Librarians: Humanity’s Soul Collectors

Librarians: Humanity’s Soul Collectors January 19, 2021

Recently, I researched patron deities of libraries and librarians and happened upon an encyclopedic article on Seshat written by Joshua J. Mark in 2016. Seshat was the Egyptian goddess of the written word and the consort of Thoth, the god of wisdom and writing. What connects Seshat to libraries is that she is in charge of the Per-Ankh, the House of Life, “a combination library, scriptorium, institute of higher learning, writer’s workshop, print shop/copy center, publisher, and distributor” (Mark, 2016). Sounds like my kind of place!

Myth says that Seshat places a copy of every book ever published by mortals and immortals alike into the House of Life. As a librarian, I am naturally intrigued by Seshat’s duties. In fact, I can’t help but wonder if we librarians are a bit like soul collectors. Didn’t someone somewhere say that we leave a bit of ourselves in everything we create? Kind of like a horcrux or something. Each book in my collection might hold a piece of an author’s soul. Delicious. Hades might be the big soul collector in the Underworld but we librarians are holding down the Middle World.

Soul Collection

Photo by Hassan OUAJBIR on Unsplash.

Librarians collect hundreds to thousands of books and materials per year, steadily adding to the accumulated knowledge in our libraries. In some ways, being a librarian is like being a hoarder but with $40,000 organizational skills (avg cost of a Master’s in Library Science). We organize them using a complex classification system, such as the Dewey Decimal System or Library of Congress. Every physical item cataloged in a library has its own unique call number, which is made up of a combination of letters, numbers, and decimal points. We generally think of the call number as an “address” that helps people locate the title on the shelf. However, librarians use call numbers to quickly gain information about books, like their classes and sub-classes. Think of classes and sub-classes as being similar to genres and sub-genres.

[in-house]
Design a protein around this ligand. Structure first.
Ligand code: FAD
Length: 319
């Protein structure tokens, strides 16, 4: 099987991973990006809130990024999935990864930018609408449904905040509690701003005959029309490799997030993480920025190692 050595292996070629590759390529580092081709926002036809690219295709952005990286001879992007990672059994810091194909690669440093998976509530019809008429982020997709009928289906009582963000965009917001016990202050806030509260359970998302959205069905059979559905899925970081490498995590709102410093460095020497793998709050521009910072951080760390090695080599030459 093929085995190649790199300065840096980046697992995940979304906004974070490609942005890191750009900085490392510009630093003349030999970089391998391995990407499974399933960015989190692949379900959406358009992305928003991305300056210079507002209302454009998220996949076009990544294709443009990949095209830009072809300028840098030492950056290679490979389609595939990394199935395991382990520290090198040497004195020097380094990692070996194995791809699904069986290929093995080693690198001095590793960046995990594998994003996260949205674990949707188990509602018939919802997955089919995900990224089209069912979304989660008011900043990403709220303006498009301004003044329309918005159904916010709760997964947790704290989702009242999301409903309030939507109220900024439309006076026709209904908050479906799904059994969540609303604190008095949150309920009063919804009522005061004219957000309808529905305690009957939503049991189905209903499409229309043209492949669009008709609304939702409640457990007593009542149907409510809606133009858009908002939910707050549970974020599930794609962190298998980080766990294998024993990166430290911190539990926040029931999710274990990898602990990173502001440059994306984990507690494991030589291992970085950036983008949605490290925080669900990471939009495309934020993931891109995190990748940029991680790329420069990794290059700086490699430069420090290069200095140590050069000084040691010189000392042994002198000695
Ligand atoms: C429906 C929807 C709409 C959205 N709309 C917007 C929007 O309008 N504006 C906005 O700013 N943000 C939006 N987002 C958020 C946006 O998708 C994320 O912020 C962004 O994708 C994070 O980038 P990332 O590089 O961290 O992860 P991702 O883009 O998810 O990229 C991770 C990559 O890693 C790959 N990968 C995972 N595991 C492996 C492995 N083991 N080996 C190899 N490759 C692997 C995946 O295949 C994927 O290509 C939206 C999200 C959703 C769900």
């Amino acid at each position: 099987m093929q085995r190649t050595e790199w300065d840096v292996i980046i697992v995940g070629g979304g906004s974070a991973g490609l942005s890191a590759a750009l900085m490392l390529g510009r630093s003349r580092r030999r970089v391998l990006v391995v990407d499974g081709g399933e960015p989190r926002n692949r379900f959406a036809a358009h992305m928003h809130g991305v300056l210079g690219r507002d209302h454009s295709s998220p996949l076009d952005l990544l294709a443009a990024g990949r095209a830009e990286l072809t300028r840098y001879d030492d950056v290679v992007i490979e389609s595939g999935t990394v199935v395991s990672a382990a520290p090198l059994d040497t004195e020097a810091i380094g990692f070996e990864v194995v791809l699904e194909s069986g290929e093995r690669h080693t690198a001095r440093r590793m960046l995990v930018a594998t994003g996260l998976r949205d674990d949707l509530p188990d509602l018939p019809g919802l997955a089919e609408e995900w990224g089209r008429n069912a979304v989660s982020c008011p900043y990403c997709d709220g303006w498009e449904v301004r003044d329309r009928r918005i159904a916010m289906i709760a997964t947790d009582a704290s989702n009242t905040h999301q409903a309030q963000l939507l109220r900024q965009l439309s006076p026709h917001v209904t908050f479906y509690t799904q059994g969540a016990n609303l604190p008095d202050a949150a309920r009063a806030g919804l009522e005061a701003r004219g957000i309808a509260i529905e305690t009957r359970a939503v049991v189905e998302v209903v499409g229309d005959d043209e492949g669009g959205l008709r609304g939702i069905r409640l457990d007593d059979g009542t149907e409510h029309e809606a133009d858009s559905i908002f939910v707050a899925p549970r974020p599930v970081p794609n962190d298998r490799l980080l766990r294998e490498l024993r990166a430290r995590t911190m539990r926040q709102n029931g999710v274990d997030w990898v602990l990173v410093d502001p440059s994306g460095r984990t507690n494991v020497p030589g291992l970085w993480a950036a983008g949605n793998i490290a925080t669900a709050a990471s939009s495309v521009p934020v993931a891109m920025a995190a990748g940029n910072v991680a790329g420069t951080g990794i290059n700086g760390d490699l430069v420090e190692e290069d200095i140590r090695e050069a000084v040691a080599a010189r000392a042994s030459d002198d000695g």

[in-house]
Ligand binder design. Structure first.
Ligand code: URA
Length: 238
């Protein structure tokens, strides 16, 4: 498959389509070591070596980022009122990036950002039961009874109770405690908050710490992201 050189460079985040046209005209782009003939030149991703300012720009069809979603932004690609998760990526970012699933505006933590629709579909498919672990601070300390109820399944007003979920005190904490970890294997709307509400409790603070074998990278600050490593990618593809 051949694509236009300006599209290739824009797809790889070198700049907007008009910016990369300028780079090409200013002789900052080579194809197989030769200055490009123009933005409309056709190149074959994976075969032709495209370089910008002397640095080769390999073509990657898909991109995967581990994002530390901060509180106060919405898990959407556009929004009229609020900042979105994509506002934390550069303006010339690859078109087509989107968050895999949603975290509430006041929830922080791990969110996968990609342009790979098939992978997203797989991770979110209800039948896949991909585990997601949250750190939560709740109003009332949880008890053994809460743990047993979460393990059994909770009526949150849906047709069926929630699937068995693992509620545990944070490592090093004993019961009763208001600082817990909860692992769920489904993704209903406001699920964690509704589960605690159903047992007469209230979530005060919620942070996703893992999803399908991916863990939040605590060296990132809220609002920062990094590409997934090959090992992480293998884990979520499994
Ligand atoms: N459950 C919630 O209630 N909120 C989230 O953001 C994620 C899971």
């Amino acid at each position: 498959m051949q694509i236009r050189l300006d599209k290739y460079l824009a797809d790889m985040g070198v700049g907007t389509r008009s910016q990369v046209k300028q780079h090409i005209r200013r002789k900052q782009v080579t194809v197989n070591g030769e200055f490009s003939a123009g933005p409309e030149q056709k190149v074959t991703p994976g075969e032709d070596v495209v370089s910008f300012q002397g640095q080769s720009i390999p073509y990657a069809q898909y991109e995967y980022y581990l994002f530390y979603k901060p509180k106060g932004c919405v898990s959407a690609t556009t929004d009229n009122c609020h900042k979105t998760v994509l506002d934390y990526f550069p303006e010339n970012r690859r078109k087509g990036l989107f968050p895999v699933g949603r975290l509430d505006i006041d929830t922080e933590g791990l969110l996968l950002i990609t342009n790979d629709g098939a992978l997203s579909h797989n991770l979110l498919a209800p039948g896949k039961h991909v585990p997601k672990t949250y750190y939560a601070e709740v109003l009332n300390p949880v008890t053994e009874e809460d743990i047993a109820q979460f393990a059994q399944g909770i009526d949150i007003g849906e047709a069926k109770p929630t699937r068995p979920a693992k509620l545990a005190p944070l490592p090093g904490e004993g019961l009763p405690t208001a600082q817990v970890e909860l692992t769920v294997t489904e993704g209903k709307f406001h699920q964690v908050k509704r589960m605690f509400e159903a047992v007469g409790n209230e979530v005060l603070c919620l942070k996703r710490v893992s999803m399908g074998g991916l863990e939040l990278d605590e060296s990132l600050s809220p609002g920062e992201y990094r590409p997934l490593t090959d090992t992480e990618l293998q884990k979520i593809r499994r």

Cocktail Conversational Knowledge: Most academic institutions of higher learning in the US use Library of Congress (LC). On the other hand, grade schools and public libraries commonly use Dewey Decimal (DD). However, Library of Congress allows for many more sub-classifications of materials than DD. There are so many fields and sub-fields of research, with new fields being discovered all the time. LC is designed to accommodate the sub-classes of research out there, which is why LC is used in research institutions. Today, LC is widely used across the world.

I try to imagine how Seshat would classify and catalog our books and materials. By mortals and immortals? By our thoughts, words, and accomplishments (or lack thereof)? For whom or what is Seshat ultimately collecting all that information? Inquiring minds want to know!

Soul Preservation

Librarians have a duty to actively collect new souls books and also preserve them. There are entire careers, like museum curatorship, centered around the preservation of artifacts and materials. My own schooling included a general course in materials preservation. We learned about preventing mold and mildew damage, conserving the integrity of the book structure, and temperature recommendations for storage. Libraries were first built to store mass volumes of materials for elite classes. It was only within the past one hundred years or so that they became public places for sharing knowledge. I wonder who gets to have access to Seshat’s library — only the gods? Any immortal being?